A Comparison, by Paul Edwards
[Ed. note: OpenMPE board member and 3000 education resource Paul Edwards has been promising us he would write this article for several years. We present it here in two parts, today and tomorrow. He explains, "Recent events have finally put this comparison into sharper focus. There are so many parallels between each community that I felt I had to write about the comparisons so that others in the HP3000 world could possibly use this information for their own future."]
I have been a member of the HP3000 community since 1976 and an Interex member since 1982. A few years ago, I decided there had to be other hobby interests for me than just computers and at the same time I had quadruple by-pass heart surgery. These events caused me to evaluate my future life direction. I have always been a hands-on person and have enjoyed working with tools in building and repair projects.
So, I acquired a 1971 Chevrolet El Camino truck to initially enable me to haul home improvement materials. It was like the one I bought in 1969 after my return from our Navy squadron’s cruise to Vietnam. Then, after attending a few car and truck shows, I got hooked on the classic car and truck hobby. I started to finish the restoration of my truck that was mostly completed by the previous owners. I quickly found that any restoration project is never really finished, but is a constant work in progress with continuing cash outflow.
The classic cars and trucks are like the ones we drove in high school and college during the 1950’s, 1960’s, and 1970’s. They consist of hot rods, convertibles, customs, sedans, wagons, trucks, and sports cars of that era. The “muscle” cars are very popular now and command a high price in a properly restored condition.
I have worked on most HP 3000 systems from the Series II to the N-Class and MPE II through MPE/iX 7.5. I currently have an HP 3000/928LX in my home office.
The exchange of information about the HP 3000 hardware and the MPE operating system was the primary goal of the HP 3000 local user groups that formed in the mid-1970’s. It was a critical need because everyone was learning a new computing platform.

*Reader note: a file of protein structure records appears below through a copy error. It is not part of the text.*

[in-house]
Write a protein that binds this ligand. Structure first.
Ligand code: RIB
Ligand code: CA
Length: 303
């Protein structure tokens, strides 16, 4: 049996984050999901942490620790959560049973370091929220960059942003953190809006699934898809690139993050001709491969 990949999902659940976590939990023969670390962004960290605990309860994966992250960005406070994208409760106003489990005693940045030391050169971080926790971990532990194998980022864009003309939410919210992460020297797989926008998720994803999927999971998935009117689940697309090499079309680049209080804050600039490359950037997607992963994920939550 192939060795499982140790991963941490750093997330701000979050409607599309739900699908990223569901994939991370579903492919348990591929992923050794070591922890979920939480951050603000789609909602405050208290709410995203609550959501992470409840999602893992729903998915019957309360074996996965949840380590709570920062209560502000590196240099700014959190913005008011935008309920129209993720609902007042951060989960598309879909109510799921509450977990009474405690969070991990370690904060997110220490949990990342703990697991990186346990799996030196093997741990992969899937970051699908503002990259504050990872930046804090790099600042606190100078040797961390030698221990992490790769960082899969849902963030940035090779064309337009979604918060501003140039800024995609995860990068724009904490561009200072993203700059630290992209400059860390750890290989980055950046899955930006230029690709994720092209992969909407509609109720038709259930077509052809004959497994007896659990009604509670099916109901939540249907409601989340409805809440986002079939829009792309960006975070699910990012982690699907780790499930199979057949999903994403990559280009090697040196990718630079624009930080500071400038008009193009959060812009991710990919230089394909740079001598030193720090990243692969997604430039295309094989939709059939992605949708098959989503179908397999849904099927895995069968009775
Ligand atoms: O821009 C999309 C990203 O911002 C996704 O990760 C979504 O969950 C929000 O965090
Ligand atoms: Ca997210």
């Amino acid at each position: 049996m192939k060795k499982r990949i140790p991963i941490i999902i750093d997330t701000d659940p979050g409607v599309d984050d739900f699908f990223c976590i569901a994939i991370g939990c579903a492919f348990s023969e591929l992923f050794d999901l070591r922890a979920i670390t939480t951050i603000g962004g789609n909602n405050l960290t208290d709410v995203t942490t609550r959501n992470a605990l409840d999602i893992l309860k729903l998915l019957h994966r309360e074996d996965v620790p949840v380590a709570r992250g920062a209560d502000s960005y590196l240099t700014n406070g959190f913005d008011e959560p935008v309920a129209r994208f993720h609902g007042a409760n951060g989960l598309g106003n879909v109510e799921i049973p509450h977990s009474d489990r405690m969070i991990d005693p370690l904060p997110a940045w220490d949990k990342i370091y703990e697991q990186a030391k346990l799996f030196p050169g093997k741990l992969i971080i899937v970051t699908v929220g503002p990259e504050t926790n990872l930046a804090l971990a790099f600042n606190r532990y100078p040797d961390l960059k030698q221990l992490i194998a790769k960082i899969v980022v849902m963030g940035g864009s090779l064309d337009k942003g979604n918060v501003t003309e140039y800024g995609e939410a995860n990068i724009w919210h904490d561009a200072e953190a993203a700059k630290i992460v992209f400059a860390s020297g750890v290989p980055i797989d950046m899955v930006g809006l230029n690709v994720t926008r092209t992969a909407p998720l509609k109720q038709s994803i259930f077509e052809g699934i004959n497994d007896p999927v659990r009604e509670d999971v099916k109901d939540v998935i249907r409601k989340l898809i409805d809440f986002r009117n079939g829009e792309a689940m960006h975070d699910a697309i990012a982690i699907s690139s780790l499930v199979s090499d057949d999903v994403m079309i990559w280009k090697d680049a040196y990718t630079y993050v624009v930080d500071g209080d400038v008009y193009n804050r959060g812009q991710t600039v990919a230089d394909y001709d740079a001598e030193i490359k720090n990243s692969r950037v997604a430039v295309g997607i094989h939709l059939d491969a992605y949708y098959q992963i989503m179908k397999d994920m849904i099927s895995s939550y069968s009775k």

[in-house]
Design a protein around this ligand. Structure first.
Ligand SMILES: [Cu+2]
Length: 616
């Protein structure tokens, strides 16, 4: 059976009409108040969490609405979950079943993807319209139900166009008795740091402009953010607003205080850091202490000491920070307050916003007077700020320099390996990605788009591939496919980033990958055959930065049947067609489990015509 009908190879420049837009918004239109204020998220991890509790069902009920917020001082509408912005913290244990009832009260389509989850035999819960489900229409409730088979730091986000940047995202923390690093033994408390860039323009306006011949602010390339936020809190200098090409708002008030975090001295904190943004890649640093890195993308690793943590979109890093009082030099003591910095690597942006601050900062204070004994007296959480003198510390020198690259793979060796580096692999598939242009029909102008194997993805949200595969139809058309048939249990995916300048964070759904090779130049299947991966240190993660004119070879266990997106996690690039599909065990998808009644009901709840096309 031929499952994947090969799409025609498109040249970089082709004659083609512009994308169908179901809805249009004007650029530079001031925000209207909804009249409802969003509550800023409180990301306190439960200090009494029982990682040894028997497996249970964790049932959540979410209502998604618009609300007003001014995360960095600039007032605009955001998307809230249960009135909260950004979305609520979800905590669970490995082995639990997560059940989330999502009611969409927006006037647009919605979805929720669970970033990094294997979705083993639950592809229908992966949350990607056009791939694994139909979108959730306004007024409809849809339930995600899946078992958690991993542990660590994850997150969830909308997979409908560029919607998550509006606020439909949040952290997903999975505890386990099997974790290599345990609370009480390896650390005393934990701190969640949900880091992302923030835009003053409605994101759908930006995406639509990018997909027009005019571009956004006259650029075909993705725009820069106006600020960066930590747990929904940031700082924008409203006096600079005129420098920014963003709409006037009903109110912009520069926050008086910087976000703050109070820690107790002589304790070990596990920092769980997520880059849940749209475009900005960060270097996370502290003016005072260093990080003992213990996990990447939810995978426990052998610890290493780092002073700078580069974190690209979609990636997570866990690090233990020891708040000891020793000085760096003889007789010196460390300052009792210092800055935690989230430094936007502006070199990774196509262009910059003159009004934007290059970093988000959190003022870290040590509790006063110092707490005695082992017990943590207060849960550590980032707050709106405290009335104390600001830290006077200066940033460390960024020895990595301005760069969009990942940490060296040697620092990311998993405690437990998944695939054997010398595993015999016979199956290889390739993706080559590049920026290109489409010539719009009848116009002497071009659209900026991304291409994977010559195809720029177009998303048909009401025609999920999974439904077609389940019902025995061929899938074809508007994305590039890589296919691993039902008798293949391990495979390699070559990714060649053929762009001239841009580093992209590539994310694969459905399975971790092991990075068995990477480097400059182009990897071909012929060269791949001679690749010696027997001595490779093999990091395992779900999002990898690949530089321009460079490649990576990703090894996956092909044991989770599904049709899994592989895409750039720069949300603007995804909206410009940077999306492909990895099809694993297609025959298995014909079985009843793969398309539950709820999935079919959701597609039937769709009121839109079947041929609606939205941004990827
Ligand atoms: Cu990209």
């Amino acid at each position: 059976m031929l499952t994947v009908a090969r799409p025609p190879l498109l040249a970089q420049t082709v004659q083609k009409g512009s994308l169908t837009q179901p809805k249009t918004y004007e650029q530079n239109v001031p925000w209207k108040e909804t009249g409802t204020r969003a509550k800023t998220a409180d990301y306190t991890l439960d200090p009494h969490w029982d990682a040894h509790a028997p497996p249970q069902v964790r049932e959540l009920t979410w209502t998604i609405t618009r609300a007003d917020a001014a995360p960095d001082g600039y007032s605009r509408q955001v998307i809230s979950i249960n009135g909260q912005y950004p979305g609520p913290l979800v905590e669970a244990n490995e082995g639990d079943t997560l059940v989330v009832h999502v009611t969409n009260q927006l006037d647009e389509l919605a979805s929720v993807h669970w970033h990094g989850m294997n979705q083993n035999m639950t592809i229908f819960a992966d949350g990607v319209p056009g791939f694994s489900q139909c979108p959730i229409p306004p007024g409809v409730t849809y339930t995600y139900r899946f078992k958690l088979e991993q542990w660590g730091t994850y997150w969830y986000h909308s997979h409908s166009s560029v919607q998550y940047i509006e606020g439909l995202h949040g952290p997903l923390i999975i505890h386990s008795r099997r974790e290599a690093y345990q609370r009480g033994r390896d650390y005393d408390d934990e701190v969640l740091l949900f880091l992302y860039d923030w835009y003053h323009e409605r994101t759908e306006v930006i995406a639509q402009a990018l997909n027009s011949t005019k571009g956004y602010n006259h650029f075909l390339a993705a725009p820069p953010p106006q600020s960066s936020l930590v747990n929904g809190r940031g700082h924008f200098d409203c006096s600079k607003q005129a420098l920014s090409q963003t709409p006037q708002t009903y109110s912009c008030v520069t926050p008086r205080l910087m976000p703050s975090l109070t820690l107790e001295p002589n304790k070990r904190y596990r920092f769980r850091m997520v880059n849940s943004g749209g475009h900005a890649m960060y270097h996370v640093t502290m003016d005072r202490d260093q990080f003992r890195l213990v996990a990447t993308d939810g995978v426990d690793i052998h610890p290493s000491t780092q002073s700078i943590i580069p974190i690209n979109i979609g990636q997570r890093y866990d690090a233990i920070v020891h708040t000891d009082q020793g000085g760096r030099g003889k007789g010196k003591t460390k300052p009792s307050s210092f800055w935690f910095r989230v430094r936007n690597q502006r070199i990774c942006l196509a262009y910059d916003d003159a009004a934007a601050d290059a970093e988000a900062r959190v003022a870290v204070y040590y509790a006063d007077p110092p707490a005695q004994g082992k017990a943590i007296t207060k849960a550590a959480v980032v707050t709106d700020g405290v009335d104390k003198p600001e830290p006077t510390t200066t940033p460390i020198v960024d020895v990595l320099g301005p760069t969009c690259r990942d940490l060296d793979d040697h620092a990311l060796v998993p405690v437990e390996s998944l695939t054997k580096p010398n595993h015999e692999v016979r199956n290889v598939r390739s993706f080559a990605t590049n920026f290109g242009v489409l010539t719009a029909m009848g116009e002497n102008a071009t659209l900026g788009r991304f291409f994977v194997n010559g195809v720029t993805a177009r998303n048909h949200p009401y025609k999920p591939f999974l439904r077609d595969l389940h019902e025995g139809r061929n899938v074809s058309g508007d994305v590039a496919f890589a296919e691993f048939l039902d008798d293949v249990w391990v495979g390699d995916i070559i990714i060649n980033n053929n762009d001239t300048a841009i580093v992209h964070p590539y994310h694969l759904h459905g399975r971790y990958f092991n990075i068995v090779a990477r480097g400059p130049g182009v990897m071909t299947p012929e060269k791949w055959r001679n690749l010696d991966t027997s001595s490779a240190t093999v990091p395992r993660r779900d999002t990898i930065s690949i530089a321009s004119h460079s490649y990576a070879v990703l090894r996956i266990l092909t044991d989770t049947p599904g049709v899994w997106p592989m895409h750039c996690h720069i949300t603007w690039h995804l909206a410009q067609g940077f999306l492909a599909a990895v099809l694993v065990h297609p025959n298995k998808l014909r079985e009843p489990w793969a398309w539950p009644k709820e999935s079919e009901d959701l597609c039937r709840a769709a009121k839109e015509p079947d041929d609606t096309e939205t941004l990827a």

We have that same exchange of expertise in the classic car and truck community with people having electrical, structural, engine, bodywork, painting, trim, and interior restoration experience.
With the HP 3000 hardware and software support from HP ending after next year, that same expertise exchange that started many years ago is still very important now. Many of the HP 3000 users will be homesteading on their systems for years to come, and will still need outside support from each other. I discussed the critical homesteading planning requirements in a couple of articles that are on my Web site, www.peassoc.com.
There are national conferences for the classic car and truck community that have vendor displays, car and truck displays with vehicle judging, as well as social activities, technical presentations and volunteer participation similar to what was at the Interex conferences.
There are various conferences put on by many different organizations in a variety of locations all through the year as compared to an annual Interex conference. The number of attendees is quite large at most national shows and they consist of both exhibitors and spectators.
The local HP 3000 user group meetings were usually monthly and sometimes there were annual regional meetings. We had HP and industry speakers to provide technical information. Most of these user groups in North America have now ceased to exist.
Local classic car and truck gatherings are usually monthly club business meetings. Sometimes there are tech sessions at the meetings and club tours to interesting locations.
There are monthly car and truck cruise nights to show off your vehicles during the spring to fall time frame. The cruise nights are like the ones we used to have on Saturday nights at the local drive-in burger and malt joints. ‘50s and ‘60s music is normally provided for the participants and spectators enjoyment.
More tomorrow: Social interaction, used equipment resources and technology comparisons
Paul Edwards is an HP 3000 training resource, a consultant on HP 3000 and HP 9000 projects, and a member of the OpenMPE board of directors. He's been an HP 3000 user since 1976. You can contact him though his Web site at www.peassoc.com.